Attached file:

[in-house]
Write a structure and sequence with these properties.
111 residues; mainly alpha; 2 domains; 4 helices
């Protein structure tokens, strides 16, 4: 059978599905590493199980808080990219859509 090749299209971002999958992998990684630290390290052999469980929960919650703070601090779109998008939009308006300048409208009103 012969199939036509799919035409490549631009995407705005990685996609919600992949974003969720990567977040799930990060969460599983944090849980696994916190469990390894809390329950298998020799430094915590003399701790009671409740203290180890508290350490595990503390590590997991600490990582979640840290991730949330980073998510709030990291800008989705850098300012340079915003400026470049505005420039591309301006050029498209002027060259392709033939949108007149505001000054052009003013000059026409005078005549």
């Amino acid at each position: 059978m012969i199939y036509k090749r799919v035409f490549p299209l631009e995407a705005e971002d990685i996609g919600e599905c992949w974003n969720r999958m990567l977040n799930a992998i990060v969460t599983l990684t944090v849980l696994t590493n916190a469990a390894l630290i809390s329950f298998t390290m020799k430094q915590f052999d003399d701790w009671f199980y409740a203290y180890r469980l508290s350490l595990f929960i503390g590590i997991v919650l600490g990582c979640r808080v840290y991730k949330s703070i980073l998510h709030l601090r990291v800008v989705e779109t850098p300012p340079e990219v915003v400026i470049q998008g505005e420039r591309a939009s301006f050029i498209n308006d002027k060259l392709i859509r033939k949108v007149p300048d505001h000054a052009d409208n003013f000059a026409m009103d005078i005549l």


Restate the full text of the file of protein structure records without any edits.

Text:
[in-house]
Write a structure and sequence with these properties.
111 residues; mainly alpha; 2 domains; 4 helices
């Protein structure tokens, strides 16, 4: 059978599905590493199980808080990219859509 090749299209971002999958992998990684630290390290052999469980929960919650703070601090779109998008939009308006300048409208009103 012969199939036509799919035409490549631009995407705005990685996609919600992949974003969720990567977040799930990060969460599983944090849980696994916190469990390894809390329950298998020799430094915590003399701790009671409740203290180890508290350490595990503390590590997991600490990582979640840290991730949330980073998510709030990291800008989705850098300012340079915003400026470049505005420039591309301006050029498209002027060259392709033939949108007149505001000054052009003013000059026409005078005549």
């Amino acid at each position: 059978m012969i199939y036509k090749r799919v035409f490549p299209l631009e995407a705005e971002d990685i996609g919600e599905c992949w974003n969720r999958m990567l977040n799930a992998i990060v969460t599983l990684t944090v849980l696994t590493n916190a469990a390894l630290i809390s329950f298998t390290m020799k430094q915590f052999d003399d701790w009671f199980y409740a203290y180890r469980l508290s350490l595990f929960i503390g590590i997991v919650l600490g990582c979640r808080v840290y991730k949330s703070i980073l998510h709030l601090r990291v800008v989705e779109t850098p300012p340079e990219v915003v400026i470049q998008g505005e420039r591309a939009s301006f050029i498209n308006d002027k060259l392709i859509r033939k949108v007149p300048d505001h000054a052009d409208n003013f000059a026409m009103d005078i005549l």